CROSS REFERENCE TO RELATED APPLICATIONS
This application is related to the following commonly owned copending U.S. patent application:
application Ser. No. 09/903,816, “Reading and Writing Assistant Device,” filed Jul. 11, 2001, of which this Application is a continuation-in-part.
- BACKGROUND INFORMATION
The present invention relates in general to an apparatus for enhancing a reading experience of a user by providing integrated lighting, reading assistance devices and book or magazine protection and storage in one convenient package.
Day-timers are small notebook like units in which a user writes notes, telephone numbers, and other information that the user would like to reference. These Day-timers may also contain paper calendars and other useful elements that the user may need when organizing daily schedules. Many times a user may want to take notes when there is no adequate lighting to illuminate the pages of his or her notebook. At other times, a user may want to read a book or magazine without disturbing others by turning on a light that may be distracting. This may happen when the user is in an airplane or possibly while reading in bed. Because the lighting is not always available when the user desires to write a note or read a book or magazine, an individual may not be able to read or to write when in these or similar situations. Moreover, when reading a book or article, a user may come upon words and phrases that are not understood. The user may wish to look up these words in a dictionary to obtain their meanings to better help in understanding the material being read. While pocket electronic dictionaries are available, it is not always convenient to have one ready to use when one is reading a book. Similarly, a dictionary or Thesaurus may be convenient to have when writing.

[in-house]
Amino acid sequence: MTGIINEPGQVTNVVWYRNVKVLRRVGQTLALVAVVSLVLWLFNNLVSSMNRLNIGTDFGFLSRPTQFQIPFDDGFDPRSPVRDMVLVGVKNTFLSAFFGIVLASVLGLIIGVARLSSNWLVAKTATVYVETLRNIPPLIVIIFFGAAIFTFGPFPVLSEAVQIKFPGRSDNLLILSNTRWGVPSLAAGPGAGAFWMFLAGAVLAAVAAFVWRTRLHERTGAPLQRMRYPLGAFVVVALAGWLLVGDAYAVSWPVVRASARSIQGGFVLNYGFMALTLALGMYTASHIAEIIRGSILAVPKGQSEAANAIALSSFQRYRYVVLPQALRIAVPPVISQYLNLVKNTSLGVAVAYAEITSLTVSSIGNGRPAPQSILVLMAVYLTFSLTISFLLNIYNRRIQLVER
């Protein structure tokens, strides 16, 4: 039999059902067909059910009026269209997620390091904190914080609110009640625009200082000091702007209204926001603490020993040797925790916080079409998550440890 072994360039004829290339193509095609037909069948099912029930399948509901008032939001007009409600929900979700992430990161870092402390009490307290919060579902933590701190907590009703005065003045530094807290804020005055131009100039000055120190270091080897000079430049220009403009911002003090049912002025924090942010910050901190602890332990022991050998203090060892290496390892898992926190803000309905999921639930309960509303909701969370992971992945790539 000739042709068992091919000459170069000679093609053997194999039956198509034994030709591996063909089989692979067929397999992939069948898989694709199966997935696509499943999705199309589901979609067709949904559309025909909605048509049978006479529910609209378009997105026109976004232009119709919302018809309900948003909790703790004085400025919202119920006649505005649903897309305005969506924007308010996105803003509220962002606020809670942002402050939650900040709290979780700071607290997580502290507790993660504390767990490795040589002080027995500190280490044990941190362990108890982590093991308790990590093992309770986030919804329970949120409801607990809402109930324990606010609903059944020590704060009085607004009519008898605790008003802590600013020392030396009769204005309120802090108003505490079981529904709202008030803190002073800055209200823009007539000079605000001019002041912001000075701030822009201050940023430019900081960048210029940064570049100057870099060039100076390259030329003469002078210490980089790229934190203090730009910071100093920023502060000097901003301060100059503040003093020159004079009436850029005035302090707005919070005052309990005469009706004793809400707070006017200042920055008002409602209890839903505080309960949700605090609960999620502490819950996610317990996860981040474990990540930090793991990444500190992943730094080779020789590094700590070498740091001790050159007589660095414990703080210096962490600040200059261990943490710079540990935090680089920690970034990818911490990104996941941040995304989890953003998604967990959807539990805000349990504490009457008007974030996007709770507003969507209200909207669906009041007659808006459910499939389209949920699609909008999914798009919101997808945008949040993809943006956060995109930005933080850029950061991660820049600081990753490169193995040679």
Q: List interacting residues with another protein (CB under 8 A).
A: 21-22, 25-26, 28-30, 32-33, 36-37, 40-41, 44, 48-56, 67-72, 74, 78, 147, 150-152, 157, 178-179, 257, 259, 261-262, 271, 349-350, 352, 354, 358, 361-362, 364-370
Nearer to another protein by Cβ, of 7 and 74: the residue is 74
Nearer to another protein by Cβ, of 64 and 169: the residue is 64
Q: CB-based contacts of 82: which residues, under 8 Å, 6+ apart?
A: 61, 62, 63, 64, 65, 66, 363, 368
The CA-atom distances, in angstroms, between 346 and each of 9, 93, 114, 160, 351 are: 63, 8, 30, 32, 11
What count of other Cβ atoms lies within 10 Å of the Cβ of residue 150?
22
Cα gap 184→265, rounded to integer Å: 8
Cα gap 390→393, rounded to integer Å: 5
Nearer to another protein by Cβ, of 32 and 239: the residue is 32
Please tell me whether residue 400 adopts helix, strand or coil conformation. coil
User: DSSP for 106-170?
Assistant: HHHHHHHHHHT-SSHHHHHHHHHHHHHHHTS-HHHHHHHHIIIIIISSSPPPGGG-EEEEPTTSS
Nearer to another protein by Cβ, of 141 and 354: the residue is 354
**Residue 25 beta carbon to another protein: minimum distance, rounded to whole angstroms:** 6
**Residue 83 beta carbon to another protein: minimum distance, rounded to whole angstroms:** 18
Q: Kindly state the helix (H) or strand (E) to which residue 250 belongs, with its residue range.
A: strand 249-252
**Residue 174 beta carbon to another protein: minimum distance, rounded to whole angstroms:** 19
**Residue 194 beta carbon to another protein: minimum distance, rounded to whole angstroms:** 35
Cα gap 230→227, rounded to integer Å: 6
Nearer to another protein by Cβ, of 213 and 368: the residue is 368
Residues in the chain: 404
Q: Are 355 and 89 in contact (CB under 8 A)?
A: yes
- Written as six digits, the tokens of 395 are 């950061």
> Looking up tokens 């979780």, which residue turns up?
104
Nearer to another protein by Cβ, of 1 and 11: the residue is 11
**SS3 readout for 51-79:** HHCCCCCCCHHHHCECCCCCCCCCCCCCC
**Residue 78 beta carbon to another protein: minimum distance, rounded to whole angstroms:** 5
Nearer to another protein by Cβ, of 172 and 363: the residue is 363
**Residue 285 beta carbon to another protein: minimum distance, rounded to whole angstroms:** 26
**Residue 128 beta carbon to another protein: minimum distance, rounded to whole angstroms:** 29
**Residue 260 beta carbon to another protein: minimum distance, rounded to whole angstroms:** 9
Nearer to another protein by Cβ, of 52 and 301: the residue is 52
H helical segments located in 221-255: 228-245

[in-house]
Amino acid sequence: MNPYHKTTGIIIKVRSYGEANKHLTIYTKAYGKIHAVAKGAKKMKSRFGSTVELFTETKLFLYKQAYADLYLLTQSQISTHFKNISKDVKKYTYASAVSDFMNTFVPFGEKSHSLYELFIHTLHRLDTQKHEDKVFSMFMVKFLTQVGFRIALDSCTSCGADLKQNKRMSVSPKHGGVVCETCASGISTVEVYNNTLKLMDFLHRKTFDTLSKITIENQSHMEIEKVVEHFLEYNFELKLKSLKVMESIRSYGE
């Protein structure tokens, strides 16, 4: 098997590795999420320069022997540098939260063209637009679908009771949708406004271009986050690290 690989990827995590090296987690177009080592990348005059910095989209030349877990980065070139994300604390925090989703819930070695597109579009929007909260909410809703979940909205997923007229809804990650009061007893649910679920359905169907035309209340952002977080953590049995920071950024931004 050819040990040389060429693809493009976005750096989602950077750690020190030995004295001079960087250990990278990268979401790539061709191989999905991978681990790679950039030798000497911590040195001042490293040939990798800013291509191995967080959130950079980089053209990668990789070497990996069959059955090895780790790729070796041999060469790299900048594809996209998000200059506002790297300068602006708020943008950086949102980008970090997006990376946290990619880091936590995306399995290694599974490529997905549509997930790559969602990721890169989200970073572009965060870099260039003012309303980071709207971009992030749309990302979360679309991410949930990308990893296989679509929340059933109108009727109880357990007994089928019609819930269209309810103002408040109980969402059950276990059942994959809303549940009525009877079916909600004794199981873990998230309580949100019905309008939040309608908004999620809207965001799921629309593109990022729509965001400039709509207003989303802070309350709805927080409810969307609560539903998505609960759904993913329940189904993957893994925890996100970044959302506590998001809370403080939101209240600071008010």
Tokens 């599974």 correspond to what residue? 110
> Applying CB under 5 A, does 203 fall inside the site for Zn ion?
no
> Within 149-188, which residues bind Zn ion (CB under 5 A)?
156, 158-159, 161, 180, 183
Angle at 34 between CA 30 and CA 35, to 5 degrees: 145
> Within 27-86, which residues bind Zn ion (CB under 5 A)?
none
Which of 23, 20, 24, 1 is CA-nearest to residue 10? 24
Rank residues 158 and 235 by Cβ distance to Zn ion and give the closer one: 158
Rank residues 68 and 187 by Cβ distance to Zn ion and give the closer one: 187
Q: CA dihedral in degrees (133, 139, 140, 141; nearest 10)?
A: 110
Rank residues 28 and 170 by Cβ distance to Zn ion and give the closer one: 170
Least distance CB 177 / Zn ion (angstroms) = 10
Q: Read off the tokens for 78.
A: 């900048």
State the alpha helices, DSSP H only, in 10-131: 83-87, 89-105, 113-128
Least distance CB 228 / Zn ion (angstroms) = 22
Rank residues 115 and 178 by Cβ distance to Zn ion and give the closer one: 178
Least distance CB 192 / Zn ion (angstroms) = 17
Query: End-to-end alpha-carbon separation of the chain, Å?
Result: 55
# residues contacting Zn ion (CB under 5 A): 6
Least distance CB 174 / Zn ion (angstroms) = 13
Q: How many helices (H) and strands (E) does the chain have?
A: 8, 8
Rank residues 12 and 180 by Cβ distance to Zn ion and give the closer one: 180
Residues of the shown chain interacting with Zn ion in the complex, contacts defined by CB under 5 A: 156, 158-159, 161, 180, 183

While notebooks, writing instruments, pocket lights, pads of paper and an electronic dictionary and thesaurus are all available as separate items, a reading and writing assistant that combines all these elements in a synergistic package is not available.
Prior art U.S. Pat. No. 3,364,344 (U.S. Pat. No. 3,364,344) teaches an auxiliary book cover that has a rigid fixed light mounted to the book cover. Battery packs are attached to the outside of the book cover and a switch mechanism is incorporated so that the switch closes when the book covers are opened. U.S. Pat. No. 3,823,312 (U.S. Pat. No. 3,823,312) adds an elongated spine on the book cover in the form of a container for the batteries. Cover leaves are attached to the container and a lamp holder is mounted on one end of the container. A switch mechanism is included with contacts that close and connect the light to the battery when the cover leaves are opened and open and disconnect the battery from the light when the cover leaves are opened. Again, this provides a bulky package that does not necessarily lay flat when opened. The light is rigidly mounted to the assembly and is external to the unit and has little protection. The container designed for the batteries also limits the battery types that can be used.